Special Ops Provide Great Return on Investment, Commander Says

WASHINGTON, March 6, 2012 — U.S. spe­cial oper­a­tions forces remain focused on Afghanistan, but they also are active across the globe, the com­man­der of U.S. Spe­cial Oper­a­tions Com­mand said today.

Navy Adm. William H. McRaven tes­ti­fied with Marine Corps Gen. James N. Mat­tis, U.S. Cen­tral Com­mand com­man­der, before the Sen­ate Armed Ser­vices Committee. 

About 80 per­cent of McRaven’s troops sup­port Centcom’s mis­sion in Afghanistan, and much of the remain­ing force is spread across near­ly 80 oth­er coun­tries, he said. 

The Cent­com focus “does­n’t dimin­ish the effort we are putting into the cul­tur­al train­ing or the lan­guage train­ing with respect to those oth­er folks that are deployed glob­al­ly,” the admi­ral said. 

Prepar­ing spe­cial oper­a­tions forces for post-Afghanistan oper­a­tions “will be a func­tion of … reem­pha­siz­ing some lan­guages and some cul­tures as we move from a Cent­com-cen­tric envi­ron­ment to a more glob­al­ly bal­anced envi­ron­ment over time,” he said. 

The rough­ly 66,000 ser­vice mem­bers who make up Socom sup­port U.S. pol­i­cy objec­tives in the Pacif­ic, Africa, Latin Amer­i­ca, Europe and oth­er regions, he noted. 

Spe­cial oper­a­tions forces have “unique skills, cul­tur­al knowl­edge and the abil­i­ty to work with part­ners [that cre­ate] effects far above our rel­a­tive­ly small num­bers,” the admi­ral said. 

McRaven said he is com­mit­ted to strength­en­ing “embed­ded” spe­cial oper­a­tions forces sup­port to geo­graph­i­cal com­bat­ant com­man­ders by rein­forc­ing the­ater spe­cial oper­a­tions commands. 

The tra­di­tion­al “hearts and minds” mis­sion of train­ing oth­er nations’ spe­cial oper­a­tions forces also con­tin­ues, he said. 

Since ser­vice-spe­cif­ic spe­cial oper­a­tions forces were estab­lished in the the 1960s, fol­lowed by Socom’s stand-up in 1987, McRaven said “our rela­tion­ship with our allied part­ner force around the world has strength­ened each nation’s [spe­cial oper­a­tions forces] and each nation’s abil­i­ty to deal with their own secu­ri­ty prob­lems. We must con­tin­ue to build these rela­tion­ships wher­ev­er possible.”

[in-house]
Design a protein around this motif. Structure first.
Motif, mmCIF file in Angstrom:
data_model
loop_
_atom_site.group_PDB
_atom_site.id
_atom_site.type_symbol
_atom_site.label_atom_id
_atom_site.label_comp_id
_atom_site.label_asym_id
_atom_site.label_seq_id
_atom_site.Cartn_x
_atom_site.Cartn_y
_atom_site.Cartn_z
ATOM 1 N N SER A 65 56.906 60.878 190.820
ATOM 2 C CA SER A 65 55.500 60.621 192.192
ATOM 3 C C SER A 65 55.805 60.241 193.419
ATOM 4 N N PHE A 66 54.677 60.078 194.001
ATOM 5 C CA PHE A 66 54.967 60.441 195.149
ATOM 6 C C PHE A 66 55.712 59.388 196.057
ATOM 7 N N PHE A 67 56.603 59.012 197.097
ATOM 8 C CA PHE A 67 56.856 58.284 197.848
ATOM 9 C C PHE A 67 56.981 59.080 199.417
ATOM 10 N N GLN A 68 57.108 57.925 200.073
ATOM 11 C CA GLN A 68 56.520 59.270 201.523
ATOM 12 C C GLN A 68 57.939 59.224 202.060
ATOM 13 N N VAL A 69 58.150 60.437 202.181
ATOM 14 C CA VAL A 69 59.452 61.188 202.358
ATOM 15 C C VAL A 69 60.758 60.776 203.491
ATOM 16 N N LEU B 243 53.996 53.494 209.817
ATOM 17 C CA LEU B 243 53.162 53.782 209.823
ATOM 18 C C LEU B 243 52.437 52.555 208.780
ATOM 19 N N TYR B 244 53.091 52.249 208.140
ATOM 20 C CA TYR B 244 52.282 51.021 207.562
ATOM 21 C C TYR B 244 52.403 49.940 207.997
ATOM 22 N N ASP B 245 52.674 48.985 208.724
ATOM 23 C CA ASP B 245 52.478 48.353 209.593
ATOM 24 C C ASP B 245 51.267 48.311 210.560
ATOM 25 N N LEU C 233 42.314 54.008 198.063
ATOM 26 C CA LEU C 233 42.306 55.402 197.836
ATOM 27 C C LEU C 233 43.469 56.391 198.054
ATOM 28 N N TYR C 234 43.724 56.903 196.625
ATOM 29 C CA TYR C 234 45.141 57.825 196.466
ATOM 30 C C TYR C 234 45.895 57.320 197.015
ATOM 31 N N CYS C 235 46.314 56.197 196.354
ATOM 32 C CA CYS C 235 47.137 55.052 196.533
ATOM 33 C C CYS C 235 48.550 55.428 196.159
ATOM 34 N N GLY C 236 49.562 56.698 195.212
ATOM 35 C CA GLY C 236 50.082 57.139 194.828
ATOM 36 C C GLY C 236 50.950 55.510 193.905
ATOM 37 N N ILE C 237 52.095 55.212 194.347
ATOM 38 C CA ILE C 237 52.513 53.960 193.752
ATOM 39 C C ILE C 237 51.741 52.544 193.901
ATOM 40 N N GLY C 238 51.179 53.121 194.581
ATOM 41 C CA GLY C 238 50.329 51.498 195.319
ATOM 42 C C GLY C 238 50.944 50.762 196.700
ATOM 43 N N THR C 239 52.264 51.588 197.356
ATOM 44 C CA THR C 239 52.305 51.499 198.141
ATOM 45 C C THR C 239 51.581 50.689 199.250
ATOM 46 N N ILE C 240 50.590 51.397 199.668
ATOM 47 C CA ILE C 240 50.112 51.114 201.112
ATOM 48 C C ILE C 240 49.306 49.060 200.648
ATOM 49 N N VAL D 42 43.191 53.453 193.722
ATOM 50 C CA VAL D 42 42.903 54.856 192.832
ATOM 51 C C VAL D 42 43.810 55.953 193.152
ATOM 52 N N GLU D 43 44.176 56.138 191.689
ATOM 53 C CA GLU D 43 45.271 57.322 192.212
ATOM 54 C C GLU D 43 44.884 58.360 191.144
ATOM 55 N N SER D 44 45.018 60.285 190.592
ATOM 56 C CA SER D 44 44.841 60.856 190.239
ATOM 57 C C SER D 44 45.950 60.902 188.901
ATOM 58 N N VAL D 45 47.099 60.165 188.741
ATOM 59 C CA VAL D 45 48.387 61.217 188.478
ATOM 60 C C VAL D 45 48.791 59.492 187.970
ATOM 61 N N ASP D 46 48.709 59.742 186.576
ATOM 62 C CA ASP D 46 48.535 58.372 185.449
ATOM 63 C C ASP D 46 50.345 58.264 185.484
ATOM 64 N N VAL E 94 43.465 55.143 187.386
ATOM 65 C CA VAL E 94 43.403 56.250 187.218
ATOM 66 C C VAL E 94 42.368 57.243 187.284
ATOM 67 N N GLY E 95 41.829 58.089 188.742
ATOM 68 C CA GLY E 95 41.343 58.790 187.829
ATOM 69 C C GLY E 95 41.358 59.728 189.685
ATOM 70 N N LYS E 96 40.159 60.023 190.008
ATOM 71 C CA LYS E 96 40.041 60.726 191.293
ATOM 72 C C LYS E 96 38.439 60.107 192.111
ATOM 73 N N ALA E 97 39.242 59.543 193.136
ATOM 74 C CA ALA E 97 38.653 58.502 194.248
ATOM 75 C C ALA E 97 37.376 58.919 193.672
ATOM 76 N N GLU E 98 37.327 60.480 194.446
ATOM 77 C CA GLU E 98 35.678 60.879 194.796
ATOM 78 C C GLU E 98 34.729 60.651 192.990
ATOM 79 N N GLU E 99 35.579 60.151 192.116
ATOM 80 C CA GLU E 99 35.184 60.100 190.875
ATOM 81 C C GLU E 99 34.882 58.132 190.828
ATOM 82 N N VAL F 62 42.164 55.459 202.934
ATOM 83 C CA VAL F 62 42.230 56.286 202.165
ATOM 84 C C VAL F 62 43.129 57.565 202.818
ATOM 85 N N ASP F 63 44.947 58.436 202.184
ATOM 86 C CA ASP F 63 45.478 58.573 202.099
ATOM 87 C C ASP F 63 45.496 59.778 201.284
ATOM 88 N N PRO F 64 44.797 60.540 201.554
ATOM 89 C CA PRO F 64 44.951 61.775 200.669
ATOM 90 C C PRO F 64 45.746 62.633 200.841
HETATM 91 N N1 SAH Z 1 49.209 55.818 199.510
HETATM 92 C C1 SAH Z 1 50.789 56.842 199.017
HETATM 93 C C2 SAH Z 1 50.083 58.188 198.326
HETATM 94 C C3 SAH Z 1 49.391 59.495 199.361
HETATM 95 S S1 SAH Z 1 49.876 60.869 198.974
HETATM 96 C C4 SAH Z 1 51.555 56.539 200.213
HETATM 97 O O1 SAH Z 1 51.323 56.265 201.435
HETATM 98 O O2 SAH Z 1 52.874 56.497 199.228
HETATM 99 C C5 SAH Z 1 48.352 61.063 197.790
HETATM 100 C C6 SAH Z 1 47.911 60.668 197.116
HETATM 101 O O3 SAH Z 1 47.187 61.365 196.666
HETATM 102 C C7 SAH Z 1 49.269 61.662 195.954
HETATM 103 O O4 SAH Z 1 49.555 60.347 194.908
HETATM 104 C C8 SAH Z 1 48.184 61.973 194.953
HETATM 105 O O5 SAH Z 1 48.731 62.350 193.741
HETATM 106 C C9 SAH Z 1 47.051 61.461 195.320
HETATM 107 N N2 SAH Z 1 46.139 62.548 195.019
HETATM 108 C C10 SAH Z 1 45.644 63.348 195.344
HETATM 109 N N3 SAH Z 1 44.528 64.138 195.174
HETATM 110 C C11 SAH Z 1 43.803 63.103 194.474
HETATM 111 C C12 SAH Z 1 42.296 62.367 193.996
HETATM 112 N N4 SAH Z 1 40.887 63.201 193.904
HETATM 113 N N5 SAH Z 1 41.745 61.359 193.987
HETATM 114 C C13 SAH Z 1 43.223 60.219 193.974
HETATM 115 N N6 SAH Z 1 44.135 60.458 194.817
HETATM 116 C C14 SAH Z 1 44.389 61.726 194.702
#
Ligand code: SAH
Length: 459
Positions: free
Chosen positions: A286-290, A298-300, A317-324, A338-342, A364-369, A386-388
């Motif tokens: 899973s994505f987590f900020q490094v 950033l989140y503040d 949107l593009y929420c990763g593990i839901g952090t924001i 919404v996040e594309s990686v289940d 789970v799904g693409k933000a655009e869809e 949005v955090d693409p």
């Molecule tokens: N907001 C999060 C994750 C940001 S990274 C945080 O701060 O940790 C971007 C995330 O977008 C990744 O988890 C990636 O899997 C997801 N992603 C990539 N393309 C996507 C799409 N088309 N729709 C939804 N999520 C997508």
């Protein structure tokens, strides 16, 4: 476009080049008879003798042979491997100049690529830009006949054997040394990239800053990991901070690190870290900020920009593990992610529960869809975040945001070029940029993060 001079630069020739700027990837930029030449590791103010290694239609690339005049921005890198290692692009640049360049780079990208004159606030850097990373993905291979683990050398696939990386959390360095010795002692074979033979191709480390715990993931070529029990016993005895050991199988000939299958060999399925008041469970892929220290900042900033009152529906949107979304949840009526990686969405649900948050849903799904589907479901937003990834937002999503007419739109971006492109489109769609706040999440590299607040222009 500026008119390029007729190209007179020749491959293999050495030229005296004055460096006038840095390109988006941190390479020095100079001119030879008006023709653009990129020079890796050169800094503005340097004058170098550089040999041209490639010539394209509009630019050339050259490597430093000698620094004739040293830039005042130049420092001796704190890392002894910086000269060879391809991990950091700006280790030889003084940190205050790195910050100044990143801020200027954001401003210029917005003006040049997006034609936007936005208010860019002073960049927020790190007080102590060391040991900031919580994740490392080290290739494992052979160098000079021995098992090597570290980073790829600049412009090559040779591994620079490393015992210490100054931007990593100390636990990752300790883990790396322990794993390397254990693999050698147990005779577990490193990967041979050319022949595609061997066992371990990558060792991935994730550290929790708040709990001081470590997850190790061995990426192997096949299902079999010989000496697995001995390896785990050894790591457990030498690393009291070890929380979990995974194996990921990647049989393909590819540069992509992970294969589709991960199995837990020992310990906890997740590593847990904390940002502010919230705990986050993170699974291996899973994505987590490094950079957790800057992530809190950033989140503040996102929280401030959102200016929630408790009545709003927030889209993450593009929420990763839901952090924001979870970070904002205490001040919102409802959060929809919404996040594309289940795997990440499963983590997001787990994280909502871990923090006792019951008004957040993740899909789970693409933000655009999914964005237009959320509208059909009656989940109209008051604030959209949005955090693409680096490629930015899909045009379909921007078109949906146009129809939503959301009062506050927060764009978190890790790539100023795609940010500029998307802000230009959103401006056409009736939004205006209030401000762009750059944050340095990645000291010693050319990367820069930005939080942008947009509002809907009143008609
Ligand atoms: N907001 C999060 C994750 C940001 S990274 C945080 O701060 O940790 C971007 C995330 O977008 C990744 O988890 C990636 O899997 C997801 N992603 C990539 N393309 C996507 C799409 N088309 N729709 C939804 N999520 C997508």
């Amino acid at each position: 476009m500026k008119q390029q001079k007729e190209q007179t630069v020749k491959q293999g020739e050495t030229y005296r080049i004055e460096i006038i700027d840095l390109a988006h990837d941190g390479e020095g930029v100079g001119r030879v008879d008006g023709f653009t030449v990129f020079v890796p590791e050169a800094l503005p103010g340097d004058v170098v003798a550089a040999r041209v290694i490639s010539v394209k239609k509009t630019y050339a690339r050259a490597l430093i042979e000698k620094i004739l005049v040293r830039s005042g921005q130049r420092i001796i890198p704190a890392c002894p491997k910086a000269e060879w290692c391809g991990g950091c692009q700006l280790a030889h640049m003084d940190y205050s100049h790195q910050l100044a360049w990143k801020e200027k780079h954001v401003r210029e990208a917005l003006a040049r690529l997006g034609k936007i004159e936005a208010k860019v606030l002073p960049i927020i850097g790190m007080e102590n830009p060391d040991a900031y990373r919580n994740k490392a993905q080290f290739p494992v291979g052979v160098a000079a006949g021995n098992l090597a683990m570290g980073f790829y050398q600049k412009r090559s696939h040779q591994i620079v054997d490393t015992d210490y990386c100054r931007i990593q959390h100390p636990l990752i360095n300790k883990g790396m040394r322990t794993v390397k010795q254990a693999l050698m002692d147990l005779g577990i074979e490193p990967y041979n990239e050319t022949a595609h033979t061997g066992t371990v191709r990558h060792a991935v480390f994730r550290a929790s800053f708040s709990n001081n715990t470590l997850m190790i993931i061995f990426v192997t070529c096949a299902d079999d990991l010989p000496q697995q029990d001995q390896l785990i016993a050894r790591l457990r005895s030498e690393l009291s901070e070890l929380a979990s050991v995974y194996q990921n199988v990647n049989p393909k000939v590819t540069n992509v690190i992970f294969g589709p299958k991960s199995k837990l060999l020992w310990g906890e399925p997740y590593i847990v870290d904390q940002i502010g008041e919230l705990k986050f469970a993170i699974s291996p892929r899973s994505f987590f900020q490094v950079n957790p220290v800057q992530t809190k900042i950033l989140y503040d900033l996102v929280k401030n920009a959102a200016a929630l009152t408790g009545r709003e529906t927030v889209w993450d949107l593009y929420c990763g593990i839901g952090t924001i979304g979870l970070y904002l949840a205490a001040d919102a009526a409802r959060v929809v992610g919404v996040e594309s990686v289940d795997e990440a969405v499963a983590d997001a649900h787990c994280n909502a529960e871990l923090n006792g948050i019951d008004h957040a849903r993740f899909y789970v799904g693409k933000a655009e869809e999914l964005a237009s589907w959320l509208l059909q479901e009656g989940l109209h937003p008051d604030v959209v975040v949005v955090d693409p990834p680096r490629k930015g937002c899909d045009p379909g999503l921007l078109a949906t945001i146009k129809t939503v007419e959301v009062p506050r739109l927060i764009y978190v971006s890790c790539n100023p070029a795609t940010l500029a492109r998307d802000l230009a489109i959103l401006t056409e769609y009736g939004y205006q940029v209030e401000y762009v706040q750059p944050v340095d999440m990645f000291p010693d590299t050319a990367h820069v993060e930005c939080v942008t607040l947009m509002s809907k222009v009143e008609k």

McRaven not­ed that his pre­de­ces­sor at Socom, retired Navy Adm. Eric T. Olson, drew atten­tion last year to the “fray­ing around the edges” spe­cial oper­a­tions troops expe­ri­enced dur­ing a decade of extreme­ly high demand for their talents. 

Olson set up a task force to study the issue, McRaven said, and he has fol­lowed through with his own efforts. 

“I have put a gen­er­al offi­cer and my com­mand sergeant major in charge of the preser­va­tion of the force and fam­i­lies,” he said. “They are empow­ered to imple­ment inno­v­a­tive solu­tions across the Socom enter­prise to improve the well-being of our war­riors and their families.” 

Recruit­ing is up from pre­vi­ous years among spe­cial oper­a­tions forces, McRaven not­ed. He cau­tioned that retain­ing those forces requires a con­sid­ered approach to any change in future benefits. 

“I think if you polled a lot of those young men and women com­ing in, they prob­a­bly would­n’t cite the health care and retire­ment ben­e­fits as the rea­son that they are join­ing,” he acknowl­edged. “How­ev­er, it could very well be the rea­son they stay after a cer­tain point in time.” 

Any changes in future retire­ment and health care ben­e­fits should be “pru­dent and care­ful … so that we keep those expe­ri­enced non­com­mis­sioned offi­cers and offi­cers in and take care of them for the ser­vice that they have ren­dered,” McRaven added. 

Socom is a force already in line with Defense Sec­re­tary Leon E. Panetta’s strat­e­gy call­ing for a small­er, lean­er and more agile mil­i­tary, the admi­ral said. 

Spe­cial oper­a­tions forces remain rel­e­vant, in high demand and offer “an unpar­al­leled return on the nation’s invest­ment,” he said. 

U.S. Depart­ment of Defense
Office of the Assis­tant Sec­re­tary of Defense (Pub­lic Affairs) 

Team GlobDef

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